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 A255283 Number of odd terms in f^n, where f = (1/x+1+x)*(1/y+1+y)-x-y. 2
 1, 7, 7, 31, 7, 49, 31, 145, 7, 49, 49, 217, 31, 217, 145, 601, 7, 49, 49, 217, 49, 343, 217, 1015, 31, 217, 217, 961, 145, 1015, 601, 2551, 7, 49, 49, 217, 49, 343, 217, 1015, 49, 343, 343, 1519, 217, 1519, 1015, 4207, 31, 217, 217, 961, 217, 1519, 961, 4495, 145, 1015, 1015, 4495, 601, 4207, 2551, 10351 (list; graph; refs; listen; history; text; internal format)
 OFFSET 0,2 COMMENTS This is the number of ON cells in a certain two-dimensional cellular automaton in which the neighborhood of a cell is defined by f, and in which a cell is ON iff there were an odd number of ON cells in the neighborhood at the previous generation. This is the odd-rule cellular automaton defined by OddRule 537 (see Ekhad-Sloane-Zeilberger "Odd-Rule Cellular Automata on the Square Grid" link). LINKS Shalosh B. Ekhad, N. J. A. Sloane, and  Doron Zeilberger, A Meta-Algorithm for Creating Fast Algorithms for Counting ON Cells in Odd-Rule Cellular Automata, arXiv:1503.01796, 2015; see also the Accompanying Maple Package. Shalosh B. Ekhad, N. J. A. Sloane, and  Doron Zeilberger, Odd-Rule Cellular Automata on the Square Grid, arXiv:1503.04249, 2015. N. J. A. Sloane, On the No. of ON Cells in Cellular Automata, Video of talk in Doron Zeilberger's Experimental Math Seminar at Rutgers University, Feb. 05 2015: Part 1, Part 2 N. J. A. Sloane, On the Number of ON Cells in Cellular Automata, arXiv:1503.01168, 2015 FORMULA This is the Run Length Transform of A255284. EXAMPLE Here is the neighborhood f: [X, 0, X] [X, X, 0] [X, X, X] which contains a(1) = 7 ON cells. From Omar E. Pol, Feb 22 2015: (Start) Written as an irregular triangle in which row lengths are the terms of A011782: 1; 7; 7, 31; 7, 49, 31, 145; 7, 49, 49, 217, 31, 217, 145, 601; 7, 49, 49, 217, 49, 343, 217, 1015, 31, 217, 217, 961, 145, 1015, 601, 2551; ... Right border gives: 1, 7, 31, 145, 601, 2551, ... This is simply a restatement of the theorem that this sequence is the Run Length Transform of A255284. (End) From Omar E. Pol, Mar 19 2015: (Start) Also, the sequence can be written as an irregular tetrahedron T(s,r,k) as shown below: 1; .. 7; .. 7; 31; .......... 7,     49; 31; 145; ...................... 7,     49,   49,  217; 31,   217; 145; 601; ............................................ 7,     49,   49,  217,  49,  343, 217, 1015; 31,   217,  217,  961; 145, 1015; 601; 2551; ....................................................................................... 7,     49,   49,  217,  49,  343, 217, 1015, 49, 343, 343, 1519, 217, 1519, 1015, 4207; 31,   217,  217,  961, 217, 1519, 961, 4495; 145, 1015, 1015, 4495; 601, 4207; 2551; 10351; ... Apart from the initial 1, we have that T(s,r,k) = T(s+1,r,k). (End) MATHEMATICA (* f = A255284 *) f[n_] := If[EvenQ[n], 2^(2n+3)-5*7^(n/2), 2^(2n+3)-11*7^((n-1)/2)]/3; Table[Times @@ (f[Length[#]]&) /@ Select[Split[IntegerDigits[n, 2]], #[[1]] == 1&], {n, 0, 63}] (* Jean-François Alcover, Jul 12 2017 *) CROSSREFS Cf. A255284. Sequence in context: A186142 A188274 A255281 * A140252 A095343 A286830 Adjacent sequences:  A255280 A255281 A255282 * A255284 A255285 A255286 KEYWORD nonn AUTHOR N. J. A. Sloane and Doron Zeilberger, Feb 19 2015 STATUS approved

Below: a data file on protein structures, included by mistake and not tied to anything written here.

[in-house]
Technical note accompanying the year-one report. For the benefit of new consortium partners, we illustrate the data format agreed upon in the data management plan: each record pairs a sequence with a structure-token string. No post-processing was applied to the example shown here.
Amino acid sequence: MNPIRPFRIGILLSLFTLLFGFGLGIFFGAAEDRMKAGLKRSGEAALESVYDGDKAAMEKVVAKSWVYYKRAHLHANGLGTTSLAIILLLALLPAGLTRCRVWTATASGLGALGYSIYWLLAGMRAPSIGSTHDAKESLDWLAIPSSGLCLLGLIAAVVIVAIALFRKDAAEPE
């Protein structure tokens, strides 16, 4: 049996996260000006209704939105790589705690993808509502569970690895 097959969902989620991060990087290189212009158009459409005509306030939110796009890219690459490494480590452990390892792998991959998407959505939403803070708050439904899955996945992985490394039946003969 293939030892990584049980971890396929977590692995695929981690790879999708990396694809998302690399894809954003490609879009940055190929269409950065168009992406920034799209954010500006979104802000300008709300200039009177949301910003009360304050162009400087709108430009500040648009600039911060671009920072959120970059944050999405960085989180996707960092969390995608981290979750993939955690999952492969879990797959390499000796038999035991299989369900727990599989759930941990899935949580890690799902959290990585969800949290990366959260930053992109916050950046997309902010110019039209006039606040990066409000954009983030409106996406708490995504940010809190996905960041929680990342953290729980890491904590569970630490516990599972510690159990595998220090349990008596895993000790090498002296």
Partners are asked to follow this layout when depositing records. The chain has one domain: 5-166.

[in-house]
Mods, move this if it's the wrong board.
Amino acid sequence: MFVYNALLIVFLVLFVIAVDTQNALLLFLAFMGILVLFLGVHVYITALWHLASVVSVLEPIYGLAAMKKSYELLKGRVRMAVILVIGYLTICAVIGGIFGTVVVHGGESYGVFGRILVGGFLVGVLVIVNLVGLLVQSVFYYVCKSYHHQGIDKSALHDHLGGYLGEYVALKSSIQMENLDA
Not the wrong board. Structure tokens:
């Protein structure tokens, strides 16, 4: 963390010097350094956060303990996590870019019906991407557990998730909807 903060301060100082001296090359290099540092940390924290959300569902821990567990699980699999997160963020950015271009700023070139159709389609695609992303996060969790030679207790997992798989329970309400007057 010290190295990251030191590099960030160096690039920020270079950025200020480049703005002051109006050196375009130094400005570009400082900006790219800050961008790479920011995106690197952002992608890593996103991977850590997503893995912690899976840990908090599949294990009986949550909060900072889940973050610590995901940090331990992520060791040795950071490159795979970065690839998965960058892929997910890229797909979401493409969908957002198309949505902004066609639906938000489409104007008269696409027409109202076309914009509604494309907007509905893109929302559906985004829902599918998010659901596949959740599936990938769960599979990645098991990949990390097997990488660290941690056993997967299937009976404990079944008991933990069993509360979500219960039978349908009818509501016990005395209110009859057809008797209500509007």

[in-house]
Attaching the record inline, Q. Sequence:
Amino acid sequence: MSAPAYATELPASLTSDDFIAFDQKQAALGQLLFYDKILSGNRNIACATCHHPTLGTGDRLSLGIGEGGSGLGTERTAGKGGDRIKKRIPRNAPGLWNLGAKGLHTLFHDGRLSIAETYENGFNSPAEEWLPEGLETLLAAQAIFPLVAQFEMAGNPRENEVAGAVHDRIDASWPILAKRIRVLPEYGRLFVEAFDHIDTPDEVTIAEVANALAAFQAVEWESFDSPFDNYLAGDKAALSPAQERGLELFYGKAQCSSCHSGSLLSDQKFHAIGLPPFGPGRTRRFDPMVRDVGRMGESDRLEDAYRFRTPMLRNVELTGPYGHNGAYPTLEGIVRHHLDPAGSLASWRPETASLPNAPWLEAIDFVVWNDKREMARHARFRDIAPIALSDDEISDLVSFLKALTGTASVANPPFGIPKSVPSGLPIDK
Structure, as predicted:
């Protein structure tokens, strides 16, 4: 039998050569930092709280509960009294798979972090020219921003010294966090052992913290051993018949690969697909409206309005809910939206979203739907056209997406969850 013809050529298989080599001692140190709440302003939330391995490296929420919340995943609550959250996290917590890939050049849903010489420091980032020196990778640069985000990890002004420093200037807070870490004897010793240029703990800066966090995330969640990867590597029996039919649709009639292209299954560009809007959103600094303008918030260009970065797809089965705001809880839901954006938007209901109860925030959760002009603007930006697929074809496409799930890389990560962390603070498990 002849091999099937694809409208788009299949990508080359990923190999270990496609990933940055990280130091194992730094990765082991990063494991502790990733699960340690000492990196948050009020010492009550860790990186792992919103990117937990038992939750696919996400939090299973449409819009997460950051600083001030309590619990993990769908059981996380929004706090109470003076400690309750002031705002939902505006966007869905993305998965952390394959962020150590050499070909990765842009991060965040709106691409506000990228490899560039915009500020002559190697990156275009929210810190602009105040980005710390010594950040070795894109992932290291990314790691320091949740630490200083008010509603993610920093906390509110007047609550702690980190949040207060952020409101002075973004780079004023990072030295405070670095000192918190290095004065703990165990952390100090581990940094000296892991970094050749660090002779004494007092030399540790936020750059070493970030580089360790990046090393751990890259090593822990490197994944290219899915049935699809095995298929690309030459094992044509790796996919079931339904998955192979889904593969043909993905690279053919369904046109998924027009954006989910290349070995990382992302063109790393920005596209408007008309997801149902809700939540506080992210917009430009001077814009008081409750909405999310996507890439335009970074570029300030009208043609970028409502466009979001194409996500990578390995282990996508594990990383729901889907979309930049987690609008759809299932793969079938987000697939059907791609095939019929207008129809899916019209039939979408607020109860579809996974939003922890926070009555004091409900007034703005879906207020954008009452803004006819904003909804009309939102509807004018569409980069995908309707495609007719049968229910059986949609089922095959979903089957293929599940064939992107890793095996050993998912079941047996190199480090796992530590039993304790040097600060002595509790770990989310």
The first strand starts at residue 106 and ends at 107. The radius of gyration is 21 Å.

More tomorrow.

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Last modified March 23 18:13 EDT 2019. Contains 321433 sequences. (Running on oeis4.)